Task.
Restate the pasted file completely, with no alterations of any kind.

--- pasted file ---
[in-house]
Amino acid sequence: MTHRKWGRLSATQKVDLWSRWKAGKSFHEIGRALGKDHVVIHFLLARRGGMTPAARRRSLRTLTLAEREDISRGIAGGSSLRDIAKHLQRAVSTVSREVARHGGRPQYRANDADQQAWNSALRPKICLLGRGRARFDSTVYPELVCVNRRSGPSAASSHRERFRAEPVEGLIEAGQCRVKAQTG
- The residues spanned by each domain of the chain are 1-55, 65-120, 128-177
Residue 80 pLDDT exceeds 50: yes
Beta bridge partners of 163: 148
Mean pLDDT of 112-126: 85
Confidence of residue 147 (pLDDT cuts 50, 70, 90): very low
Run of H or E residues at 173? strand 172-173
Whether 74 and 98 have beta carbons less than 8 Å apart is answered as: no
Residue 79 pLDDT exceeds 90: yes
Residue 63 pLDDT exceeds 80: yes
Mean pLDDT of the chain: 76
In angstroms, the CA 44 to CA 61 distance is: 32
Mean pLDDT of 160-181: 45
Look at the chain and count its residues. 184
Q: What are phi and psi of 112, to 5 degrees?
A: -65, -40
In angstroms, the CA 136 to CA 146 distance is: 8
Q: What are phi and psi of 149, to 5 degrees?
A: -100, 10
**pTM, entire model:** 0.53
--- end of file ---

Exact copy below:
[in-house]
Amino acid sequence: MTHRKWGRLSATQKVDLWSRWKAGKSFHEIGRALGKDHVVIHFLLARRGGMTPAARRRSLRTLTLAEREDISRGIAGGSSLRDIAKHLQRAVSTVSREVARHGGRPQYRANDADQQAWNSALRPKICLLGRGRARFDSTVYPELVCVNRRSGPSAASSHRERFRAEPVEGLIEAGQCRVKAQTG
- The residues spanned by each domain of the chain are 1-55, 65-120, 128-177
Residue 80 pLDDT exceeds 50: yes
Beta bridge partners of 163: 148
Mean pLDDT of 112-126: 85
Confidence of residue 147 (pLDDT cuts 50, 70, 90): very low
Run of H or E residues at 173? strand 172-173
Whether 74 and 98 have beta carbons less than 8 Å apart is answered as: no
Residue 79 pLDDT exceeds 90: yes
Residue 63 pLDDT exceeds 80: yes
Mean pLDDT of the chain: 76
In angstroms, the CA 44 to CA 61 distance is: 32
Mean pLDDT of 160-181: 45
Look at the chain and count its residues. 184
Q: What are phi and psi of 112, to 5 degrees?
A: -65, -40
In angstroms, the CA 136 to CA 146 distance is: 8
Q: What are phi and psi of 149, to 5 degrees?
A: -100, 10
**pTM, entire model:** 0.53